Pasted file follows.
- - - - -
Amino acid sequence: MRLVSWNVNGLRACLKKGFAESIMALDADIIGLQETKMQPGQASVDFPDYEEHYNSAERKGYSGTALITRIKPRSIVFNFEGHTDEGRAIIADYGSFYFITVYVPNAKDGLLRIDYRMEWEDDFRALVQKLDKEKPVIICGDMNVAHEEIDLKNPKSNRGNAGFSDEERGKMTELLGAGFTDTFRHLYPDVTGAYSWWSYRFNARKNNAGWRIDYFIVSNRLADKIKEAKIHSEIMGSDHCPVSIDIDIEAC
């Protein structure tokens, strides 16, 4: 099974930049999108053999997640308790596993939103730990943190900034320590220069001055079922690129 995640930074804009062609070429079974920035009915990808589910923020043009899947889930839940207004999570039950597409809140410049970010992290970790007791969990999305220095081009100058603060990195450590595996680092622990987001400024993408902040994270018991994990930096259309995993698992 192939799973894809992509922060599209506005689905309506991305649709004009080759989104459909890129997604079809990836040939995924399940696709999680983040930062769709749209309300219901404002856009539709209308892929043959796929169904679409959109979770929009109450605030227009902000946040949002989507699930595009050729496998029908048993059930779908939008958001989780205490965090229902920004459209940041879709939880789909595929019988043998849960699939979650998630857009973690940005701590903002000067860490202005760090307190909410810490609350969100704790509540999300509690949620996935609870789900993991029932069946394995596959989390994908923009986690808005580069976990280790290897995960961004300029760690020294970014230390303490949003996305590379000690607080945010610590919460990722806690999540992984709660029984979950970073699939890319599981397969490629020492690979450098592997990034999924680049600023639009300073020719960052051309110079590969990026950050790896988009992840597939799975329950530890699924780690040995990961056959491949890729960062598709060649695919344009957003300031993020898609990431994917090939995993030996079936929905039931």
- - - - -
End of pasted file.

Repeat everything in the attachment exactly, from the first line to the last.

Amino acid sequence: MRLVSWNVNGLRACLKKGFAESIMALDADIIGLQETKMQPGQASVDFPDYEEHYNSAERKGYSGTALITRIKPRSIVFNFEGHTDEGRAIIADYGSFYFITVYVPNAKDGLLRIDYRMEWEDDFRALVQKLDKEKPVIICGDMNVAHEEIDLKNPKSNRGNAGFSDEERGKMTELLGAGFTDTFRHLYPDVTGAYSWWSYRFNARKNNAGWRIDYFIVSNRLADKIKEAKIHSEIMGSDHCPVSIDIDIEAC
């Protein structure tokens, strides 16, 4: 099974930049999108053999997640308790596993939103730990943190900034320590220069001055079922690129 995640930074804009062609070429079974920035009915990808589910923020043009899947889930839940207004999570039950597409809140410049970010992290970790007791969990999305220095081009100058603060990195450590595996680092622990987001400024993408902040994270018991994990930096259309995993698992 192939799973894809992509922060599209506005689905309506991305649709004009080759989104459909890129997604079809990836040939995924399940696709999680983040930062769709749209309300219901404002856009539709209308892929043959796929169904679409959109979770929009109450605030227009902000946040949002989507699930595009050729496998029908048993059930779908939008958001989780205490965090229902920004459209940041879709939880789909595929019988043998849960699939979650998630857009973690940005701590903002000067860490202005760090307190909410810490609350969100704790509540999300509690949620996935609870789900993991029932069946394995596959989390994908923009986690808005580069976990280790290897995960961004300029760690020294970014230390303490949003996305590379000690607080945010610590919460990722806690999540992984709660029984979950970073699939890319599981397969490629020492690979450098592997990034999924680049600023639009300073020719960052051309110079590969990026950050790896988009992840597939799975329950530890699924780690040995990961056959491949890729960062598709060649695919344009957003300031993020898609990431994917090939995993030996079936929905039931």